In this battle the weaker, the Ahom Army defeated the Mughal Army by brilliant uses of the terrain, clever diplomatic negotiations to buy time, guerrilla tactics, psychological warfare, military intelligence and by exploiting the sole weakness of the Mughal forces—its navy.
Lachit Borphukan was born to Momai Tamuli, who later rose to become the first Borbarua (Governor of Upper Assam and Commander-in-Chief of the Ahom army). This enabled Lachit Borphukan to enjoy a comfortable upbringing. His father arranged for his education in humanities, scriptures and military science, and as he grew up he was given positions of responsibility.
Before being appointed as the Supreme Commander of the army, he held various posts of eminence such as Superintendent of the Royal Horses or Ghora Barua, Commander of the strategic Simulgarh Fort and Superintendent of the Royal Household Guards or Dolakasharia Barua assisting the Ahom king. The King Chakradhwaj Singha appointed Lachit as the commander in chief of the Ahom army.
It is recorded that Lachit was made the scarf-bearer (Soladhara Barua) of the Ahom Swargadeo or king, a position equivalent to a Private Secretaryship. This was regarded as the first step in the career of an ambitious diplomat and politician. After he had held various other offices, Lachit was finally appointed as the Commander-in-Chief of the Army under the Ahom King, Chakradhwaj Singha.
The king summoned Lachit to his presence, and in order to test the efficiency of the general-elect, he said to Lachit, "The enemies are in our immediate neighbourhood. How will it be possible to capture their leaders Syed Firoz and Syed Sana? The man whom I am going to appoint as general must be endowed with unusual grit, stamina and depth of judgment."
The King Chakradhwaj Singha presented Lachit a sword with a golden handle called Hengdang, and the customary paraphernalia of distinction, and appointed him Commander-in-Chief of the Ahom Army, which had been raised specifically to drive out the imperial Mughal rulers. Lachit actively participated in raising of the Army and the preparations were completed by the summer of 1667. Lachit at first recovered Guwahati from the Mughals and successfully defended it against the Mughal forces during the Battle of Saraighat. He died about a year later.
Herein it may be mentioned that Assam was the only State in India, which defeated successive attempts at invasion by the Delhi Sultans and the Mughal Emperors. The State survived 17 such invasions.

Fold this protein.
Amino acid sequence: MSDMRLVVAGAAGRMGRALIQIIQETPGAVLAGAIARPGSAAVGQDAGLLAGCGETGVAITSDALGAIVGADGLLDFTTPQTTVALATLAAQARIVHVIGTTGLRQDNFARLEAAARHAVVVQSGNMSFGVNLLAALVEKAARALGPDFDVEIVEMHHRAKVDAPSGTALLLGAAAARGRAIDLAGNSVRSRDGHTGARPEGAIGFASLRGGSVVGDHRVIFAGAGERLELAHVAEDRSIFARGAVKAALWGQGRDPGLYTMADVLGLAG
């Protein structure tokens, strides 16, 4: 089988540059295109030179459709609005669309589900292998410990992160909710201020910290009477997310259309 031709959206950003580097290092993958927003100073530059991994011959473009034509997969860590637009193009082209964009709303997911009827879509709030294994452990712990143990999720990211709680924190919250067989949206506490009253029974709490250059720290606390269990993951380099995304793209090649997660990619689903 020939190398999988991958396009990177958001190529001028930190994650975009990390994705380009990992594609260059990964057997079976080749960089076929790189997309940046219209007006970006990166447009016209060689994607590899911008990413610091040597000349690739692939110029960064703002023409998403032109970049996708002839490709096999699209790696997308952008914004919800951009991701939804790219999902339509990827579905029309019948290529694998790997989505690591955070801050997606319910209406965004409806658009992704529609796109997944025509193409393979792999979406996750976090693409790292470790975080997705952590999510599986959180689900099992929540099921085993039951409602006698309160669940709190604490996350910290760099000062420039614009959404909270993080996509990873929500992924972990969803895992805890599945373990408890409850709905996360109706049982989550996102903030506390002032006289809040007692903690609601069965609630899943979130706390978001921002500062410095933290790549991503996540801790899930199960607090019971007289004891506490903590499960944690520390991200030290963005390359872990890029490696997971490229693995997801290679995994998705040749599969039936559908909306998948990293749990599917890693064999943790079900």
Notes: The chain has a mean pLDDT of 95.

Lachit's patriotism and devotion to his land is best described by the battle of Saraighat where he even went to the extent of beheading his own uncle for the sake of his land. During the preparations for the battle he ordered an earthen wall for fortification to be constructed within one night and employed his maternal uncle as the supervisor.
Late in the night when Lachit came for inspection, he found that the work was not progressing satisfactorily. When asked for an explanation, his uncle tried to cite tiredness, at which negligence of duty, Lachit became so furious that he beheaded his uncle on the spot, saying "My uncle is not greater than my country." The barrier was completed within that night and the remains of this fortification are still known as "Momai-kota Garh" or "The fortification where the uncle was beheaded."
In spite of his illness, Lachit had himself carried on a boat and with seven boats accompanying him advanced headlong against the Mughal fleet. He shouted, "If you (the soldiers) want to flee, flee. The king has given me a task here and I will do it well. Let the Mughals take me away. You report to the king that his general fought well following his orders." This had an electrifying effect on his soldiers. They rallied behind him and a desperate battle ensued on the Brahmaputra. The Ahoms in their small boats encircled the bigger but less maneuverable Mughal boats. The river got littered with clashing boats and drowning soldiers.
But this great general of the Ahom Army was finally defeated by illness that killed him very soon after the victory at the battle of Saraighat. Lachit Borphukan's last remains lies in rest at the Lachit Maidam built in 1672 by Swargadeo Udayaditya Singha at Hoolungapara 16 km from Jorhat. On 24th November each year Lachit Divas is celebrated in Assam as a State holiday to commemorate the heroism of the great general Lachit Borphukan and the victory of the Assamese Army at the battle of Saraighat.
Lachit Borphukan's bravery and tales of patriotism remained confined to the State of Assam for almost three centuries until the nation was introduced to the great general on November 14, 2000, when his statue was unveiled at the National Defense Academy in Khadakvasla, near Pune in Maharashtra by Lt. Gen. S.K. Sinha (Retd) PVSM, the then Governor of Assam. Sinha is responsible for initiating the process of getting Lachit Borphukan his due from the Nation.
On 24 November each year Lachit Divas (lit. Lachit Day) is celebrated statewide in Assam to commemorate the heroism of Lachit Borphukan and the victory of the Assamese army at the Battle of Saraighat.